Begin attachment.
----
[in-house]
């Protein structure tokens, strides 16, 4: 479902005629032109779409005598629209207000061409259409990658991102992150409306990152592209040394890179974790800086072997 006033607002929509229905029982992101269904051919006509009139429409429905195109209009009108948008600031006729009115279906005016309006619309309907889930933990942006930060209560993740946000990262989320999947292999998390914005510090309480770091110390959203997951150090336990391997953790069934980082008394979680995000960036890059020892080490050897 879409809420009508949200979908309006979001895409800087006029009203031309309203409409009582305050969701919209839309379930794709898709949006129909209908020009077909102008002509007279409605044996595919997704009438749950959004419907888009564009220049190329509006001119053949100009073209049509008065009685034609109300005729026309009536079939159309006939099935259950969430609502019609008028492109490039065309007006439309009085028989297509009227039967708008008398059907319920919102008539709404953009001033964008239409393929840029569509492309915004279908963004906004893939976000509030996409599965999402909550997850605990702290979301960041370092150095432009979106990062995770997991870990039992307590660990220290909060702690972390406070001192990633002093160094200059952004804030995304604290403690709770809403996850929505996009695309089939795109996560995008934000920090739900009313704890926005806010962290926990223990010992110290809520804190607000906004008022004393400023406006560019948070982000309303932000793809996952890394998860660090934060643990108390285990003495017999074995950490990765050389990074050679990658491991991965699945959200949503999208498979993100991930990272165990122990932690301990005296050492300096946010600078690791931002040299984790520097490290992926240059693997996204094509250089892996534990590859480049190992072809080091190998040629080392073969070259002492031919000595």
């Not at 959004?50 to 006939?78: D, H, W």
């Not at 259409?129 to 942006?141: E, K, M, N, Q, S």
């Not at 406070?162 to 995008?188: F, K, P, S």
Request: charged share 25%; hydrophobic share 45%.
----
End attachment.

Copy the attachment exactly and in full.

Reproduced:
[in-house]
């Protein structure tokens, strides 16, 4: 479902005629032109779409005598629209207000061409259409990658991102992150409306990152592209040394890179974790800086072997 006033607002929509229905029982992101269904051919006509009139429409429905195109209009009108948008600031006729009115279906005016309006619309309907889930933990942006930060209560993740946000990262989320999947292999998390914005510090309480770091110390959203997951150090336990391997953790069934980082008394979680995000960036890059020892080490050897 879409809420009508949200979908309006979001895409800087006029009203031309309203409409009582305050969701919209839309379930794709898709949006129909209908020009077909102008002509007279409605044996595919997704009438749950959004419907888009564009220049190329509006001119053949100009073209049509008065009685034609109300005729026309009536079939159309006939099935259950969430609502019609008028492109490039065309007006439309009085028989297509009227039967708008008398059907319920919102008539709404953009001033964008239409393929840029569509492309915004279908963004906004893939976000509030996409599965999402909550997850605990702290979301960041370092150095432009979106990062995770997991870990039992307590660990220290909060702690972390406070001192990633002093160094200059952004804030995304604290403690709770809403996850929505996009695309089939795109996560995008934000920090739900009313704890926005806010962290926990223990010992110290809520804190607000906004008022004393400023406006560019948070982000309303932000793809996952890394998860660090934060643990108390285990003495017999074995950490990765050389990074050679990658491991991965699945959200949503999208498979993100991930990272165990122990932690301990005296050492300096946010600078690791931002040299984790520097490290992926240059693997996204094509250089892996534990590859480049190992072809080091190998040629080392073969070259002492031919000595």
């Not at 959004?50 to 006939?78: D, H, W």
């Not at 259409?129 to 942006?141: E, K, M, N, Q, S």
């Not at 406070?162 to 995008?188: F, K, P, S």
Request: charged share 25%; hydrophobic share 45%.